Rosa Branca Sports Bar in Little Portugal

A guide to watching the World Cup in Toronto’s Little Portugal

A guide to what to see, do and eat in this iconic west end 'hood

Little Portugal is recognizable for its standout street art, with many of its brick walls decorated with colourful murals. Little Portugal runs with Lansdowne Avenue to the west, College Street to the north and Ossington Avenue to the east. Little Portugal can be accessed easiest by hopping on the 505 or 506 streetcars, which both serve Dundas Street West, or by riding the Bloor-Danforth line and exiting at Lansdowne Station. And with the 2022 FIFA World Cup underway, Portgual fans might be looking for places to celebrate the beautiful game within the neighbourhood.

Catch the team play their first game in the group stage against Ghana at 11 a.m. on Thursday, and again at 2 p.m. on Monday, Nov. 28 against Uruguay.


Looking to be surrounded by Portugal fans while you watch? Amigos da Dundas Sports Bar is right in the heart of Little Portugal and will surely be teeming with soccer fans throughout the World Cup. Enjoy Portuguese classics including bifanas, a marinated pork sandwich, while cheering on your team.

Rosa Branca Sports Bar is also in the neighbourhood and ready to cheer on Portugal (and maybe a few other teams too). Open until 2 a.m. every day and home to a pool table for those who like to stay entertained while they watch, it’s the perfect place to host your unofficial World Cup watch party.

There’s plenty more to choose from; Little Portugal is home to all kinds of sports bars that will definitely be showing the World Cup over the next few weeks. Try The Dock Ellis for beer, large-screen TVs, foosball and pool, Opera Bob’s Public House for a place that’s accustomed to being descended upon by sports fans come game day, or Man of Kent if you’re ok with English pub fare while you’re cheering on Portugal. Or, try Nossa Casa Sports Cafe for those morning and afternoon games thanks to that pesky eight-hour time difference.


Funky bars with Brazilian and Portuguese wine lists and family-run Portuguese-style bakeries all serve traditional pastries, sandwiches and freshly-baked breads and cookies. If you can’t book a trip to Portugal just yet, Toronto’s Little Portugal neighbourhood is the next best if you’ve been craving pasteis de nada or custard tarts.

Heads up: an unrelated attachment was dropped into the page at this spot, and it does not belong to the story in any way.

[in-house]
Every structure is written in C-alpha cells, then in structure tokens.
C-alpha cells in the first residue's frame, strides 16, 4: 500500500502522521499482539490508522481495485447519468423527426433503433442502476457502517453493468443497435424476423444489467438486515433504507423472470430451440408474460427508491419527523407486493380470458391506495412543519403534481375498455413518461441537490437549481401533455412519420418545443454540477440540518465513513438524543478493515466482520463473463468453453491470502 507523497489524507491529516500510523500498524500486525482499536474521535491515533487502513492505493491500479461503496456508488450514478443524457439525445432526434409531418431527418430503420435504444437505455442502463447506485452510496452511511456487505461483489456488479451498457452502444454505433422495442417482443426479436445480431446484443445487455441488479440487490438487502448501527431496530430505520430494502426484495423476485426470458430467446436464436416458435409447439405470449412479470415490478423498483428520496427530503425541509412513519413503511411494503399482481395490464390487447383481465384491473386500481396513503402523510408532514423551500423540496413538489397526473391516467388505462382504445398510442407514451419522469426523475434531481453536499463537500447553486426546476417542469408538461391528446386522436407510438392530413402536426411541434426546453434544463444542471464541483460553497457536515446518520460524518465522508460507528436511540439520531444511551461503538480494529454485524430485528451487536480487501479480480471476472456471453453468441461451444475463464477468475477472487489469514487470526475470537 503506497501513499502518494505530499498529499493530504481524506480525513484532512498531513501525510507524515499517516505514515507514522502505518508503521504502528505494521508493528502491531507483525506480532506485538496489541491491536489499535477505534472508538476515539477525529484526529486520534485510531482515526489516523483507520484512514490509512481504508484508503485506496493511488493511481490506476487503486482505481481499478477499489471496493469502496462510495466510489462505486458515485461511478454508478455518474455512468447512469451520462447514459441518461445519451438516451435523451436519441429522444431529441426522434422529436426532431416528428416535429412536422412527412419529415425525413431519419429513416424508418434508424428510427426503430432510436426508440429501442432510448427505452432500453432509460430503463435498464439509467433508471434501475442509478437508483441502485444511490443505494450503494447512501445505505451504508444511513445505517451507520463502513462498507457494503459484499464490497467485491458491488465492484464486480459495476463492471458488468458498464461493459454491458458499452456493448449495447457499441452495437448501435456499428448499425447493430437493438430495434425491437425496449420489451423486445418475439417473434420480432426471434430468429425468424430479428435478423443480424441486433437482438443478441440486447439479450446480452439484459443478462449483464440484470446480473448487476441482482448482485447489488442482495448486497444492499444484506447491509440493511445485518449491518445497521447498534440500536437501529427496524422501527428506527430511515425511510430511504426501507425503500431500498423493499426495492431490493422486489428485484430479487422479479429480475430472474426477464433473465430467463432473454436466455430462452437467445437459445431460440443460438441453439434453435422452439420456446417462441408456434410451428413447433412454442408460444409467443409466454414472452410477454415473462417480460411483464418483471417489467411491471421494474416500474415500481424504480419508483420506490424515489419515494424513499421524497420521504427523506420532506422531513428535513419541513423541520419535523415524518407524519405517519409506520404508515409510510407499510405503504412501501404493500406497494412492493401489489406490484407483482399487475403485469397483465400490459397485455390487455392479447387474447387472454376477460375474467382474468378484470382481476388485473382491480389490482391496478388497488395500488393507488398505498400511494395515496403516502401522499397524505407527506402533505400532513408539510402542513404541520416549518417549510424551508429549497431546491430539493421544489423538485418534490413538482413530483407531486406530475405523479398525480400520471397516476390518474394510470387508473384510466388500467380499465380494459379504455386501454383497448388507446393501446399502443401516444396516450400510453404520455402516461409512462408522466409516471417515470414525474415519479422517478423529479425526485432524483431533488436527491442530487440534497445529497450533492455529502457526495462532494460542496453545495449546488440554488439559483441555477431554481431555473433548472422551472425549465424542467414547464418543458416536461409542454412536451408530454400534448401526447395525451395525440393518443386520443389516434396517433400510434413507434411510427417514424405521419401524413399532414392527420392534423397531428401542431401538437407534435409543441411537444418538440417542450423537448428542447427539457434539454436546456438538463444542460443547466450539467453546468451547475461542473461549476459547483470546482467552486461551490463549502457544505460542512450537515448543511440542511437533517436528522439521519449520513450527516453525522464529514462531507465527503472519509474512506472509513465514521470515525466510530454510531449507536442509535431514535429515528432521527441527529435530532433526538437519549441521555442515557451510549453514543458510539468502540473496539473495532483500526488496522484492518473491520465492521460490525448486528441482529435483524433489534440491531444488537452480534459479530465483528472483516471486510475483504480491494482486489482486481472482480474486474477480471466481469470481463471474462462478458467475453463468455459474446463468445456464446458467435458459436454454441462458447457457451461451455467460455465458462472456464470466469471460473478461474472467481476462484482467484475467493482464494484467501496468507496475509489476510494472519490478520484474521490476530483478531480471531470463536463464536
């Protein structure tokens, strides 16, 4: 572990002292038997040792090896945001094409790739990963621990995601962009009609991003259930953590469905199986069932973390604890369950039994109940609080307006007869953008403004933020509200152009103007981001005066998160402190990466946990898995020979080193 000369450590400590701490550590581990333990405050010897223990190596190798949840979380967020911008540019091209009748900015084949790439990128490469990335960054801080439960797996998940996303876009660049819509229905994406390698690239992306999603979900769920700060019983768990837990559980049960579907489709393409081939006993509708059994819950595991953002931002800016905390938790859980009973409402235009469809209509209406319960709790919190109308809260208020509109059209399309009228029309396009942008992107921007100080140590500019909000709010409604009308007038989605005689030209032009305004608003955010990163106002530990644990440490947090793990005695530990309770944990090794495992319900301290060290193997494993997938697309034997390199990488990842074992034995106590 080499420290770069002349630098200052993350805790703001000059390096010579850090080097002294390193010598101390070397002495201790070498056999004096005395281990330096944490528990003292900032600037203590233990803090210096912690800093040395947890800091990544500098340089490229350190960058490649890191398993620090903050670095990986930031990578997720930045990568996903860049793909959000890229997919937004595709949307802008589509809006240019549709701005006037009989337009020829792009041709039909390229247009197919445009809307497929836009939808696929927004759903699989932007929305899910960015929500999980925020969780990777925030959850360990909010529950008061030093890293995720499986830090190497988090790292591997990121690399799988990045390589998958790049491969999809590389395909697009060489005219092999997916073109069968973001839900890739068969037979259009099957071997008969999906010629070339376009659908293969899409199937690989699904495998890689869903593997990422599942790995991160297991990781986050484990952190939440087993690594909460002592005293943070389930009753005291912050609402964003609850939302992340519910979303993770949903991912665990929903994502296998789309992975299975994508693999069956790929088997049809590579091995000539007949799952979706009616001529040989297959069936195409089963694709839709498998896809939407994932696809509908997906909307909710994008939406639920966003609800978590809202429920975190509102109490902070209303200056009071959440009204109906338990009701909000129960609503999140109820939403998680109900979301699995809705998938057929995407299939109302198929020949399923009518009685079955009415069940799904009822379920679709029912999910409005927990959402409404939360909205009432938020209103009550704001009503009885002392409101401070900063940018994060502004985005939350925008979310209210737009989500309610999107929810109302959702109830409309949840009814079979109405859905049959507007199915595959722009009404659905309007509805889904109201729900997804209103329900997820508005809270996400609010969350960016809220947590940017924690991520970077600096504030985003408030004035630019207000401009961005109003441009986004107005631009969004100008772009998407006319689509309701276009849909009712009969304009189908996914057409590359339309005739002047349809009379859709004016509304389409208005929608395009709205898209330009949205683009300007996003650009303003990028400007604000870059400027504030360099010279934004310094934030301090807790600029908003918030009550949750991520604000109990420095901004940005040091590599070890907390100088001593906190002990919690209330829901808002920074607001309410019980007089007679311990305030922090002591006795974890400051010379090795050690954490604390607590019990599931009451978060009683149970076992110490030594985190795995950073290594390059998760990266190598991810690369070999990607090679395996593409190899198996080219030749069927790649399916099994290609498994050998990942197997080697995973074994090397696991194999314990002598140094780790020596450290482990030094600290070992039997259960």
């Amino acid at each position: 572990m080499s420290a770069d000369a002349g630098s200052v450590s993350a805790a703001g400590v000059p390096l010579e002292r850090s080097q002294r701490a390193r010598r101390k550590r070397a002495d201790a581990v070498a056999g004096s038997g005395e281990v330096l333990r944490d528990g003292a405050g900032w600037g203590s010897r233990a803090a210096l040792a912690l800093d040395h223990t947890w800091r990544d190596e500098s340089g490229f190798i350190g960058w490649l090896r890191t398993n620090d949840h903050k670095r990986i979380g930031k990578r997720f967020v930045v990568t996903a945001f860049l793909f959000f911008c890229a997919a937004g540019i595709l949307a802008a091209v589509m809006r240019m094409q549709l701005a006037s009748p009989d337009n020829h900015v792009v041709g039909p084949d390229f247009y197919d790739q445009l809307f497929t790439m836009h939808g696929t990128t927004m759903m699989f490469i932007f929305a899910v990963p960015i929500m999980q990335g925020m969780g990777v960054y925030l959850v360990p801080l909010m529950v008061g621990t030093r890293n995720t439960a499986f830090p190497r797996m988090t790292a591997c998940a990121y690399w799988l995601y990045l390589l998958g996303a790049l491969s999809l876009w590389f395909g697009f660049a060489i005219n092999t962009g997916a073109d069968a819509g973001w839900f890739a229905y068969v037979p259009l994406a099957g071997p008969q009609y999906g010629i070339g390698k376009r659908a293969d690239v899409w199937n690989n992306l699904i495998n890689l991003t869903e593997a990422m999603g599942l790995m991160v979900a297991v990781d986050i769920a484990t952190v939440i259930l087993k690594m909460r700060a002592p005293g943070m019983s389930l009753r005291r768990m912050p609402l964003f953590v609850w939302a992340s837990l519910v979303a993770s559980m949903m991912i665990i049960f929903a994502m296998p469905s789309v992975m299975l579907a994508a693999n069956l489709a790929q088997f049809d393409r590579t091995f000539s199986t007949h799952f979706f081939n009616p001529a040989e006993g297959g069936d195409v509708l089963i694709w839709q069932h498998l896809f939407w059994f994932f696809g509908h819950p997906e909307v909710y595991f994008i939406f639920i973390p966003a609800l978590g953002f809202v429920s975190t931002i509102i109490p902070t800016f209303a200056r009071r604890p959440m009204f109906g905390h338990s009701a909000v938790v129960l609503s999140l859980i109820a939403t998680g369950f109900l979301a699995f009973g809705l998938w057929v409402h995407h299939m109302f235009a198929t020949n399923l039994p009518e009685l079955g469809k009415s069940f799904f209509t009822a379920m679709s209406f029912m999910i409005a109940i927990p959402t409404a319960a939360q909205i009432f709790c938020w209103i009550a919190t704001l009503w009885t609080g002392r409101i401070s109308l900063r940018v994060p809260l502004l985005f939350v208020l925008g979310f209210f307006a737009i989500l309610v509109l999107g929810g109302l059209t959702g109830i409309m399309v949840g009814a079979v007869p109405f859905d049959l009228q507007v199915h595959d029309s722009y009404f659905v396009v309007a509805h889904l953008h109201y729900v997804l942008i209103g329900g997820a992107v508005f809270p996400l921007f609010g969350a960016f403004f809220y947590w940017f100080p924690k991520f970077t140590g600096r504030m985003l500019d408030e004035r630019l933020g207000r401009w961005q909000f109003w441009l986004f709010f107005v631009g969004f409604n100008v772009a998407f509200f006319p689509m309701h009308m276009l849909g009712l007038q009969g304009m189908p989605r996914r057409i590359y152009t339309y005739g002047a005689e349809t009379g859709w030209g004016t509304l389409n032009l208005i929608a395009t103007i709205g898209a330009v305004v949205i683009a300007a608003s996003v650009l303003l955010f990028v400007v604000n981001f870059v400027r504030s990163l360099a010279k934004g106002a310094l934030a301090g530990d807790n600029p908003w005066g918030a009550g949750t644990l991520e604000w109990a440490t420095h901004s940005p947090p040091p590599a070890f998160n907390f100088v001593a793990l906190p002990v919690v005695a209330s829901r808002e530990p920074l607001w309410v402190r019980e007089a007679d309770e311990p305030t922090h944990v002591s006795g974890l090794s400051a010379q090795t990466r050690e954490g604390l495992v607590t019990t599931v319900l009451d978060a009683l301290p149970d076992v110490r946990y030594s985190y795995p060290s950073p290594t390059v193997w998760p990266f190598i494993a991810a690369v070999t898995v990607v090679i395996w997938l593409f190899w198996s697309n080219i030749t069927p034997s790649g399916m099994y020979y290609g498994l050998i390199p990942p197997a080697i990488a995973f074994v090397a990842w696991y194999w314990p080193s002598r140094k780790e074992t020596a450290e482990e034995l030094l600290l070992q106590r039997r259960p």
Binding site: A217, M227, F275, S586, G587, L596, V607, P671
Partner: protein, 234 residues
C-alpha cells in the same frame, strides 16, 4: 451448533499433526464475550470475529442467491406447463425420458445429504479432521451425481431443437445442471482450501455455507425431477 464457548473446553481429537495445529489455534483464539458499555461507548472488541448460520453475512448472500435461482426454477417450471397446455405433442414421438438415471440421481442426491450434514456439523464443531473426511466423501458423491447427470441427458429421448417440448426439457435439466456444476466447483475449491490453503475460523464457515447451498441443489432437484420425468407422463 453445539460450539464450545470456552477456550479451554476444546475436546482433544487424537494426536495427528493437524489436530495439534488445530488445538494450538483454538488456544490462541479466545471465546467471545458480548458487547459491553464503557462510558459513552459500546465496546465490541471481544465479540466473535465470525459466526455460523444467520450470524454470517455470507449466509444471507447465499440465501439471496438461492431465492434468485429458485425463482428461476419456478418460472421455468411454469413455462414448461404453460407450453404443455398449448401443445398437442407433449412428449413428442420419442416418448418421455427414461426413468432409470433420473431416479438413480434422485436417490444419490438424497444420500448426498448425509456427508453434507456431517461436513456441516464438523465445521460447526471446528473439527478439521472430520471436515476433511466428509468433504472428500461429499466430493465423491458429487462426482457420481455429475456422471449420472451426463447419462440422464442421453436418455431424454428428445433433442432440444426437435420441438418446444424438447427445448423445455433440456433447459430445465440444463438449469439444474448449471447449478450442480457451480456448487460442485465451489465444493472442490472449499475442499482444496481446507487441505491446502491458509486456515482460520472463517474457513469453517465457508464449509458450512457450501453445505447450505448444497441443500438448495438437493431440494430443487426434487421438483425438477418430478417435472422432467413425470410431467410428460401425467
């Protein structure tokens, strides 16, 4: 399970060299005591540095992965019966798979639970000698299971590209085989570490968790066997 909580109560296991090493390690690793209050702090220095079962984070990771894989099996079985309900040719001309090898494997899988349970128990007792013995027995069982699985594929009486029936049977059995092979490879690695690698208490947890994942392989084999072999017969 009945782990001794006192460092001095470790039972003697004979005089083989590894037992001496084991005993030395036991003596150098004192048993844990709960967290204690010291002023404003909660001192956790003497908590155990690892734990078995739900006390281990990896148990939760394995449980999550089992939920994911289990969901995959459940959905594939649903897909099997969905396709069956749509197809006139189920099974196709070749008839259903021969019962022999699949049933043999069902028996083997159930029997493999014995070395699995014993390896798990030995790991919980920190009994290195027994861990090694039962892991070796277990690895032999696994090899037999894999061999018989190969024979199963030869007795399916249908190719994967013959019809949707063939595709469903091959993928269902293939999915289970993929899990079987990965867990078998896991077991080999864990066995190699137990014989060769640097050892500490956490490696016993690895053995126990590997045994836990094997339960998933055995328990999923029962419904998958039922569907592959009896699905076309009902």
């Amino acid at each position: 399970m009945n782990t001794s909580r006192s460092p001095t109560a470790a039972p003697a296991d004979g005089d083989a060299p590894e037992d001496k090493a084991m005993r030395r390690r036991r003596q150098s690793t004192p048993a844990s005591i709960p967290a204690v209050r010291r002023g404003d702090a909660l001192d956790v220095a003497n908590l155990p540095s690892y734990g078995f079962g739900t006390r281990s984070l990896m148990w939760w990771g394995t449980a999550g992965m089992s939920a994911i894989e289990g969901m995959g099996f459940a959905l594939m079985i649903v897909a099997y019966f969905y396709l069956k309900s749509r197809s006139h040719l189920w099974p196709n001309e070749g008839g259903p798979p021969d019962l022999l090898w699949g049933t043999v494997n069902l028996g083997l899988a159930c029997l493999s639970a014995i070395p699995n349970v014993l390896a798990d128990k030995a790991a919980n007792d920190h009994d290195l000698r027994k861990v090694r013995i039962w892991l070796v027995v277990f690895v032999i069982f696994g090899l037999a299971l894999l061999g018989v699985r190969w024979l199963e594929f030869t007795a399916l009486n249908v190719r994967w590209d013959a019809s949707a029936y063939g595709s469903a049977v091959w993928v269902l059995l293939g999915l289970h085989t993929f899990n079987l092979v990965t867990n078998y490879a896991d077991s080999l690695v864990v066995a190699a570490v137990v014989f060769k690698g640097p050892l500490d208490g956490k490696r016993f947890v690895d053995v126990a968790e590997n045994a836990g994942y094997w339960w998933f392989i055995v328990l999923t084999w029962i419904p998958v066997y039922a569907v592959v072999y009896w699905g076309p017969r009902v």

Along Dundas Street West, which is the centre of Little Portugal, Brazil Bakery serves old-school specialties at prices normally unheard of in a city as big as Toronto. From behind a modest glass service counter, you’ll find authentic, indulgent Portuguese treats like chocolate drizzled or plain pasteis de nada, traditional Portuguese biscuit cookies (biscoitos) and a selection of cakes and tarts. The bakery also does a hot table, where foods like bifana, a pork sandwich simmered in sauce, can be ordered, along with a selection of other custom-made sandwiches to go.

If it’s classic Portuguese chicken you’re after, go for dinner at the humble Bairrada Churrasqueira Grill. The establishment specializes in traditional grilled meat and seafood entrees, as well as quick to-go bites including fried calamari. For a fine dining experience, don’t miss Chiado Restaurant, which pairs Portuguese wines with refined, old-world recipes and is run by one of North America’s leading chefs, Albino Silva.


One of the best ways to explore Little Portugal is by walking. Although the area is largely residential, located in Toronto’s “Old City,” Little Portugal is always a hub of activity, with events taking place year-round. Dundas Street West is also home to many art galleries, some established, and some up-and-coming, where visitors can view a mix of everything from modern art to fine art.

The neighbourhood is also home to the Little Portugal on Dundas BIA, which is a small and independent business collective located on Dundas Street West, between Shaw and Lansdowne Avenues. This eclectic mix of small boutiques, bars, venues and galleries makes it easy to see a lot of Little Portugal all at once, and also makes it easy to shop local, as big box stores and chain restaurants are scarce here.

Article exclusive to STREETS OF TORONTO